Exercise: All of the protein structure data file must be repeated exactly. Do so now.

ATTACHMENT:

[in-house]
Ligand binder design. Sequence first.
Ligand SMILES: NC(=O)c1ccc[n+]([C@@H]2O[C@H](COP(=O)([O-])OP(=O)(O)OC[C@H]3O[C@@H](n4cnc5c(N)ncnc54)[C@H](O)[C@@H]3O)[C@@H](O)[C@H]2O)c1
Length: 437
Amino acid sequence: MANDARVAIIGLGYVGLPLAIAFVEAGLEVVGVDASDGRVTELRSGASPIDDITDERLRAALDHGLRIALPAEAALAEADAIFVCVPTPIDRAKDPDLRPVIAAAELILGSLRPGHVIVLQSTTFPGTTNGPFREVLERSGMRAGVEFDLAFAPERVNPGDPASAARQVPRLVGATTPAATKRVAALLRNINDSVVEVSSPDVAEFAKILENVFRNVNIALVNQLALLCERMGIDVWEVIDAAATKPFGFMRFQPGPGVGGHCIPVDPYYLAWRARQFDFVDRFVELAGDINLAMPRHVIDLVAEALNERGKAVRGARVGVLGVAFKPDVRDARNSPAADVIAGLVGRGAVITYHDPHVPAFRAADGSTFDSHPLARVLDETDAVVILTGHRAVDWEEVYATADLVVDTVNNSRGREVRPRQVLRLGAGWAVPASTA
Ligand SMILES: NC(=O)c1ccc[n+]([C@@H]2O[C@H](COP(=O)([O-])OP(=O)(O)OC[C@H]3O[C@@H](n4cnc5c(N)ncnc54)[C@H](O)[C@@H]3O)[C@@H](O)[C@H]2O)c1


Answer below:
[in-house]
Ligand binder design. Sequence first.
Ligand SMILES: NC(=O)c1ccc[n+]([C@@H]2O[C@H](COP(=O)([O-])OP(=O)(O)OC[C@H]3O[C@@H](n4cnc5c(N)ncnc54)[C@H](O)[C@@H]3O)[C@@H](O)[C@H]2O)c1
Length: 437
Amino acid sequence: MANDARVAIIGLGYVGLPLAIAFVEAGLEVVGVDASDGRVTELRSGASPIDDITDERLRAALDHGLRIALPAEAALAEADAIFVCVPTPIDRAKDPDLRPVIAAAELILGSLRPGHVIVLQSTTFPGTTNGPFREVLERSGMRAGVEFDLAFAPERVNPGDPASAARQVPRLVGATTPAATKRVAALLRNINDSVVEVSSPDVAEFAKILENVFRNVNIALVNQLALLCERMGIDVWEVIDAAATKPFGFMRFQPGPGVGGHCIPVDPYYLAWRARQFDFVDRFVELAGDINLAMPRHVIDLVAEALNERGKAVRGARVGVLGVAFKPDVRDARNSPAADVIAGLVGRGAVITYHDPHVPAFRAADGSTFDSHPLARVLDETDAVVILTGHRAVDWEEVYATADLVVDTVNNSRGREVRPRQVLRLGAGWAVPASTA
Ligand SMILES: NC(=O)c1ccc[n+]([C@@H]2O[C@H](COP(=O)([O-])OP(=O)(O)OC[C@H]3O[C@@H](n4cnc5c(N)ncnc54)[C@H](O)[C@@H]3O)[C@@H](O)[C@H]2O)c1